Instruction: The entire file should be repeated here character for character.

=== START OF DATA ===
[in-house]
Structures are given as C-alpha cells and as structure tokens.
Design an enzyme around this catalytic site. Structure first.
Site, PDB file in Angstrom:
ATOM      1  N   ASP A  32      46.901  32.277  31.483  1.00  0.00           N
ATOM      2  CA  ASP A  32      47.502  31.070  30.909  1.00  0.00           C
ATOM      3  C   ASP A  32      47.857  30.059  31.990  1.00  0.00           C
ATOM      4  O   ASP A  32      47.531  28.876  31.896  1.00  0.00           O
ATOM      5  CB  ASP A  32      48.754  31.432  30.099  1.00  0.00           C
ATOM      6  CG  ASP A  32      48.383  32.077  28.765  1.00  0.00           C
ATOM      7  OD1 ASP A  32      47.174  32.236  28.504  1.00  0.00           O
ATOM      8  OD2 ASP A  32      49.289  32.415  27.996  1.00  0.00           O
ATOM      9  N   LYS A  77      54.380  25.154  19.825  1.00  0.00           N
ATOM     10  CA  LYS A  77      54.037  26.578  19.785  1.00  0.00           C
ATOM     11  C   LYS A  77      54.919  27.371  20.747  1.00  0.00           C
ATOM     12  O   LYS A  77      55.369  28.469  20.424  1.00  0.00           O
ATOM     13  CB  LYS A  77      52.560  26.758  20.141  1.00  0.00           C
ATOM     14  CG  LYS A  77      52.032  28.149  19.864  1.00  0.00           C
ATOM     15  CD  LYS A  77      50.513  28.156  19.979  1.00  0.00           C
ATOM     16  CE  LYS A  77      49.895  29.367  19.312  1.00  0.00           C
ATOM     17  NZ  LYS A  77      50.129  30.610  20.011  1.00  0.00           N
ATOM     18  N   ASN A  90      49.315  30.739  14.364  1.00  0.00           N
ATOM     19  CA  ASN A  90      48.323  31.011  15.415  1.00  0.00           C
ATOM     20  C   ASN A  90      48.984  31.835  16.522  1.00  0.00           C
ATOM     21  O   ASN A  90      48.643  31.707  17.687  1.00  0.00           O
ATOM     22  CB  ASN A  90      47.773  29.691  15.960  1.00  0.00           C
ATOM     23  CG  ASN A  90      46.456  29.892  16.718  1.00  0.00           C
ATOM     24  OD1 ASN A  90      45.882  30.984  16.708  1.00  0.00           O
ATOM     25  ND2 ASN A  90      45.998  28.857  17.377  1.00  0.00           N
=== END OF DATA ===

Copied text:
[in-house]
Structures are given as C-alpha cells and as structure tokens.
Design an enzyme around this catalytic site. Structure first.
Site, PDB file in Angstrom:
ATOM      1  N   ASP A  32      46.901  32.277  31.483  1.00  0.00           N
ATOM      2  CA  ASP A  32      47.502  31.070  30.909  1.00  0.00           C
ATOM      3  C   ASP A  32      47.857  30.059  31.990  1.00  0.00           C
ATOM      4  O   ASP A  32      47.531  28.876  31.896  1.00  0.00           O
ATOM      5  CB  ASP A  32      48.754  31.432  30.099  1.00  0.00           C
ATOM      6  CG  ASP A  32      48.383  32.077  28.765  1.00  0.00           C
ATOM      7  OD1 ASP A  32      47.174  32.236  28.504  1.00  0.00           O
ATOM      8  OD2 ASP A  32      49.289  32.415  27.996  1.00  0.00           O
ATOM      9  N   LYS A  77      54.380  25.154  19.825  1.00  0.00           N
ATOM     10  CA  LYS A  77      54.037  26.578  19.785  1.00  0.00           C
ATOM     11  C   LYS A  77      54.919  27.371  20.747  1.00  0.00           C
ATOM     12  O   LYS A  77      55.369  28.469  20.424  1.00  0.00           O
ATOM     13  CB  LYS A  77      52.560  26.758  20.141  1.00  0.00           C
ATOM     14  CG  LYS A  77      52.032  28.149  19.864  1.00  0.00           C
ATOM     15  CD  LYS A  77      50.513  28.156  19.979  1.00  0.00           C
ATOM     16  CE  LYS A  77      49.895  29.367  19.312  1.00  0.00           C
ATOM     17  NZ  LYS A  77      50.129  30.610  20.011  1.00  0.00           N
ATOM     18  N   ASN A  90      49.315  30.739  14.364  1.00  0.00           N
ATOM     19  CA  ASN A  90      48.323  31.011  15.415  1.00  0.00           C
ATOM     20  C   ASN A  90      48.984  31.835  16.522  1.00  0.00           C
ATOM     21  O   ASN A  90      48.643  31.707  17.687  1.00  0.00           O
ATOM     22  CB  ASN A  90      47.773  29.691  15.960  1.00  0.00           C
ATOM     23  CG  ASN A  90      46.456  29.892  16.718  1.00  0.00           C
ATOM     24  OD1 ASN A  90      45.882  30.984  16.708  1.00  0.00           O
ATOM     25  ND2 ASN A  90      45.998  28.857  17.377  1.00  0.00           N